Drug pricing. The opioid crisis. Patent thickets. Scientific misinformation. Around every corner is an issue that has chipped away at the biopharma industry’s reputation even after public perception reached a zenith during the COVID-19 pandemic.
The consensus among biopharma leaders that PharmaVoice spoke to at the Biotechnology Innovation Organization’s (BIO) conference this week was that, yes, the industry still has a reputation problem. But they also said there is a good deal of miscommunication around drugmakers’ intentions and education about the drug development process would go a long way to rebuilding trust.
Still, business reputation research firm RepTrak saw pharma’s reputation fade away in the minds of the public just as the pandemic did.
“The unpredictable culture storm that boosted pharma’s reputation at the beginning of the pandemic has fizzled out in the first half of 2022 — their scores are down across the board,” RepTrak’s 2022 report said. “We’ve warned that high scores aren’t a permanent stamp of approval, but a call to action. And pharma’s actions going into the ‘post-pandemic’ phase haven’t earned them those lasting highs.”
While there are many factors to consider when calculating the industry’s reputation, patient access to medicines has become a major sticking point. In 2022, only 32% of patient groups surveyed by the research firm PatientView thought pharma was “excellent” or “good” at improving patient access to medicines. As many as 52% of respondents felt pharma was only “fair” or “poor” at improving access. In 2020, PatientView’s survey showed that 76% of groups thought the pharma industry was “very effective” or “effective” at supporting patients.
Ultimately, reputation plays a big role in the future success of the biopharma complex, leaders agreed, and setting the industry on the right track is not just a one-and-done fix. Here’s what biotech leaders had to say about the industry’s reputation and potential solutions for digging out of that hole.
Policy action on price
With Merck & Co.’s lawsuit this week against the federal government over a provision in the Inflation Reduction Act (IRA) allowing Medicare to negotiate drug prices, the industry’s pricing fight is back in the spotlight.
“The biggest reputational problem is price, and I think we have a lot of work to do,” said Meredith Manning, president of the Americas at PharmaEssentia, a Taiwanese hematologic disease company. “The IRA possibly had really positive intent around pricing, but I think there are a lot of detrimental aspects of it that we need to work through — I think we missed the boat on educating and actually being in there negotiating the policy.”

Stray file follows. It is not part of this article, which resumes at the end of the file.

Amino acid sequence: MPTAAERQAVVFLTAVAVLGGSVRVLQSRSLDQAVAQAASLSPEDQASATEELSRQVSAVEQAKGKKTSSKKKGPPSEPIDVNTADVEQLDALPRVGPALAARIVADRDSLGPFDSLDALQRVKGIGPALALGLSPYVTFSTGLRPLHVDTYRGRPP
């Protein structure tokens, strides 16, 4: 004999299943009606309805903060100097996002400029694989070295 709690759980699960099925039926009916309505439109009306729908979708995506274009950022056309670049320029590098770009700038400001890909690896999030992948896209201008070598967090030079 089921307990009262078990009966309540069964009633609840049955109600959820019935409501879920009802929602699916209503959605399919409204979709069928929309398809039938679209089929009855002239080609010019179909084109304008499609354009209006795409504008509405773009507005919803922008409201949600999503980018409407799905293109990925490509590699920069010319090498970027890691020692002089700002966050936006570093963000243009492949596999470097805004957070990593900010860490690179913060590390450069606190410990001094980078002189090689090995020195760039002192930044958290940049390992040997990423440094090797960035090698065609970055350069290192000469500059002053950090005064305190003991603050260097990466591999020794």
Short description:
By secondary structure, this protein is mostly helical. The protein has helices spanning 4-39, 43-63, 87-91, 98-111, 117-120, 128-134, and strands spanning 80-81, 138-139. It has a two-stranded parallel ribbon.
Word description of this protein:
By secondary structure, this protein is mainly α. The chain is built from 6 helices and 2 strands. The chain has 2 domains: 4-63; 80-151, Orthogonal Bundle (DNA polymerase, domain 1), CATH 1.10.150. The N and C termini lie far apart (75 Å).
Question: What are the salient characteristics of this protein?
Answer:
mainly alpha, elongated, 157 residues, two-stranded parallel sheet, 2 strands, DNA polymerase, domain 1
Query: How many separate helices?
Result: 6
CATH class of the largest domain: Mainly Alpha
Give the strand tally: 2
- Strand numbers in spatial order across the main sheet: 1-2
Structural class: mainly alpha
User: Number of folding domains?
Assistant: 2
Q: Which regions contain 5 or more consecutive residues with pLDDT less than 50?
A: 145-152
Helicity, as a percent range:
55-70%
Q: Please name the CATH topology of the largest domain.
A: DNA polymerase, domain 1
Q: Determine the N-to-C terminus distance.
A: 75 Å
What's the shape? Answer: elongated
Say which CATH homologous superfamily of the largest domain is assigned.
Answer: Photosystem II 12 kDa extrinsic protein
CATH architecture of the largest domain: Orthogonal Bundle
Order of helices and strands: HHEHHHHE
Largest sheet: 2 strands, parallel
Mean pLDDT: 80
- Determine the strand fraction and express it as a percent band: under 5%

At the same time, the biotech industry faces a truly existential problem of being able to sell products at a price point that allows innovation to continue, said Erin Mistry, chief commercial officer at CorMedix, a biotech focused on fighting infection.
“The responsibility we all bear is continuing innovation and continuing to be rewarded for the innovation at the end of the day,” Mistry said. “Incentives have to be aligned and based on patient population and setting of care, and all of those play a big role in how price is set — unfortunately it comes down to federal and payer policies.”
“I don’t think we should shy away from opportunities to educate — advancing the conversation of innovation in a more digestible way is our opportunity.”Katherine Vega Stultz CEO, Ocelot Bio
Often, the reputation of the biopharma industry is heavily dependent on the overarching healthcare system. And it will be up to not just individual pharma companies or industry groups like BIO to set the pace, but rather a larger set of puzzle pieces, said Michelle Werner, a partner at Flagship Pioneering, and CEO of the biotech Alltrna.
“When we look around the world, I don’t think there’s a perfect healthcare system anywhere — I’ve spent half of my career living and working in other countries with very different payer models and healthcare systems,” Werner said. “We spend a lot of time talking about the cost associated with therapeutic interventions within a system, but the reality is, it’s only a small component of the entirety of the system, and if you’re trying to solve one small piece but not the whole, it’s a very shortsighted way of approaching a very complex but much needed challenge.”
Companies like GSK’s ViiV Healthcare, are very familiar with this issue. As a specialist in HIV — a therapeutic area where pricing has historically been very closely watched due to needs in diverse U.S. and global communities — the company’s learned that reputation is a matter of trust, said Lynn Baxter, head of North America at Viiv.